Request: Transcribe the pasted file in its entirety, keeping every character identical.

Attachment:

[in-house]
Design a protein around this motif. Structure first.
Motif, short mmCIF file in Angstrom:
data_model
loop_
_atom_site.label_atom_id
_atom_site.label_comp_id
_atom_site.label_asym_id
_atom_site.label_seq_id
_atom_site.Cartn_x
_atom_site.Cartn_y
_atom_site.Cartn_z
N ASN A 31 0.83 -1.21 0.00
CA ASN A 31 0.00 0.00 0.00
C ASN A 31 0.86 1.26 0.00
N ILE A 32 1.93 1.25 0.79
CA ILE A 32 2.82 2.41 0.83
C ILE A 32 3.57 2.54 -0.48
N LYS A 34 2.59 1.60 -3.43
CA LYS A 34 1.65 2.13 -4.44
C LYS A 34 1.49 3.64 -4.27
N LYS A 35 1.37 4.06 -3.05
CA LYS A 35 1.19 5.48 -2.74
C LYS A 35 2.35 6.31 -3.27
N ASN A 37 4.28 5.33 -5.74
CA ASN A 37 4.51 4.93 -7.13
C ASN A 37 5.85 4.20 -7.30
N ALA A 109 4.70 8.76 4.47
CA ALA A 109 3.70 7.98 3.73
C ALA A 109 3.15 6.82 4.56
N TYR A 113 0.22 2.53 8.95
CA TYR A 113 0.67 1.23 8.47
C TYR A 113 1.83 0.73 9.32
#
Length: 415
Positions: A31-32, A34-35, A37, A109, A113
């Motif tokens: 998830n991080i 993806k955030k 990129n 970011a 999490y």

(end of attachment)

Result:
[in-house]
Design a protein around this motif. Structure first.
Motif, short mmCIF file in Angstrom:
data_model
loop_
_atom_site.label_atom_id
_atom_site.label_comp_id
_atom_site.label_asym_id
_atom_site.label_seq_id
_atom_site.Cartn_x
_atom_site.Cartn_y
_atom_site.Cartn_z
N ASN A 31 0.83 -1.21 0.00
CA ASN A 31 0.00 0.00 0.00
C ASN A 31 0.86 1.26 0.00
N ILE A 32 1.93 1.25 0.79
CA ILE A 32 2.82 2.41 0.83
C ILE A 32 3.57 2.54 -0.48
N LYS A 34 2.59 1.60 -3.43
CA LYS A 34 1.65 2.13 -4.44
C LYS A 34 1.49 3.64 -4.27
N LYS A 35 1.37 4.06 -3.05
CA LYS A 35 1.19 5.48 -2.74
C LYS A 35 2.35 6.31 -3.27
N ASN A 37 4.28 5.33 -5.74
CA ASN A 37 4.51 4.93 -7.13
C ASN A 37 5.85 4.20 -7.30
N ALA A 109 4.70 8.76 4.47
CA ALA A 109 3.70 7.98 3.73
C ALA A 109 3.15 6.82 4.56
N TYR A 113 0.22 2.53 8.95
CA TYR A 113 0.67 1.23 8.47
C TYR A 113 1.83 0.73 9.32
#
Length: 415
Positions: A31-32, A34-35, A37, A109, A113
């Motif tokens: 998830n991080i 993806k955030k 990129n 970011a 999490y």